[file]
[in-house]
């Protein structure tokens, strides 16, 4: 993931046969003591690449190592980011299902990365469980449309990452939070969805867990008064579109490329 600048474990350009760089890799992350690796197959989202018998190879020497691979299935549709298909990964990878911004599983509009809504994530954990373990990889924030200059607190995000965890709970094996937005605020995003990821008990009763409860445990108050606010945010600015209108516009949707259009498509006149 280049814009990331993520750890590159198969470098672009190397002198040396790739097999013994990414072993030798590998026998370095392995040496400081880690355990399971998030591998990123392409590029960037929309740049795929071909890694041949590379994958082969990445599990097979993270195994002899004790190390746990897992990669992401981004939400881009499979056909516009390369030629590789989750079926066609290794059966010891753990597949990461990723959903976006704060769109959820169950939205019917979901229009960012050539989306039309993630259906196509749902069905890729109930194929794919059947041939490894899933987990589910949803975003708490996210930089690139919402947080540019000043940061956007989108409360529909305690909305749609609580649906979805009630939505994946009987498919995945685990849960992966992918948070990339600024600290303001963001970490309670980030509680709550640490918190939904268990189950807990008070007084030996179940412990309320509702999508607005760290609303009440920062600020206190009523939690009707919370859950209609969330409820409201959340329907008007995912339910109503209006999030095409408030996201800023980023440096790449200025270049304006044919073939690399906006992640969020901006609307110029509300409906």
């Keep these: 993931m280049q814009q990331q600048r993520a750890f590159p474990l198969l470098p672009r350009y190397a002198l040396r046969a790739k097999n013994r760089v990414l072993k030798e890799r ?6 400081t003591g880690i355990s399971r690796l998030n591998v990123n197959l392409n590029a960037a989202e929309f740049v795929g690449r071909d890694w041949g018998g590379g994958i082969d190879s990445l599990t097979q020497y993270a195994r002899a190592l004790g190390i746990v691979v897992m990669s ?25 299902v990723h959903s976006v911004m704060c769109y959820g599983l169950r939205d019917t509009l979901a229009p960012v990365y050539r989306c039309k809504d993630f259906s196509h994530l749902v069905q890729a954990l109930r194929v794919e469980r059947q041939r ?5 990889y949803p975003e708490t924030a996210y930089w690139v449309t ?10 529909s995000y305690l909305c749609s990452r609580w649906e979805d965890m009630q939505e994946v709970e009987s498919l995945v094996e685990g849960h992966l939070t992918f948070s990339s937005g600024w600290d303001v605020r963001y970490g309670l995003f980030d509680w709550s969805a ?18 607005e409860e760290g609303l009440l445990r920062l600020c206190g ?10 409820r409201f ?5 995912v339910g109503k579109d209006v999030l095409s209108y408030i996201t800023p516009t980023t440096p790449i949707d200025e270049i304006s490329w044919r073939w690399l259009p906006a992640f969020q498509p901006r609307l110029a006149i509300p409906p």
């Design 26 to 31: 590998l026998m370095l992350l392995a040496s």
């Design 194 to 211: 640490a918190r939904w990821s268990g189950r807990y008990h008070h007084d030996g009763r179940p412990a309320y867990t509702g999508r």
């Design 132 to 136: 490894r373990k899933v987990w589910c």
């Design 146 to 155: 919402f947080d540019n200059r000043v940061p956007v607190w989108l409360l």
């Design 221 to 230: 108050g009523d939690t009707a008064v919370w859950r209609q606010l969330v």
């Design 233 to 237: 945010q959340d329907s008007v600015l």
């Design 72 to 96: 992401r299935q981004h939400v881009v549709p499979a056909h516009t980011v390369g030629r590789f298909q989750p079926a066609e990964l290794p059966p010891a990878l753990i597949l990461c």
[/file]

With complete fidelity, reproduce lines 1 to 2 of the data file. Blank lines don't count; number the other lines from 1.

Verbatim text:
[in-house]
């Protein structure tokens, strides 16, 4: 993931046969003591690449190592980011299902990365469980449309990452939070969805867990008064579109490329 600048474990350009760089890799992350690796197959989202018998190879020497691979299935549709298909990964990878911004599983509009809504994530954990373990990889924030200059607190995000965890709970094996937005605020995003990821008990009763409860445990108050606010945010600015209108516009949707259009498509006149 280049814009990331993520750890590159198969470098672009190397002198040396790739097999013994990414072993030798590998026998370095392995040496400081880690355990399971998030591998990123392409590029960037929309740049795929071909890694041949590379994958082969990445599990097979993270195994002899004790190390746990897992990669992401981004939400881009499979056909516009390369030629590789989750079926066609290794059966010891753990597949990461990723959903976006704060769109959820169950939205019917979901229009960012050539989306039309993630259906196509749902069905890729109930194929794919059947041939490894899933987990589910949803975003708490996210930089690139919402947080540019000043940061956007989108409360529909305690909305749609609580649906979805009630939505994946009987498919995945685990849960992966992918948070990339600024600290303001963001970490309670980030509680709550640490918190939904268990189950807990008070007084030996179940412990309320509702999508607005760290609303009440920062600020206190009523939690009707919370859950209609969330409820409201959340329907008007995912339910109503209006999030095409408030996201800023980023440096790449200025270049304006044919073939690399906006992640969020901006609307110029509300409906």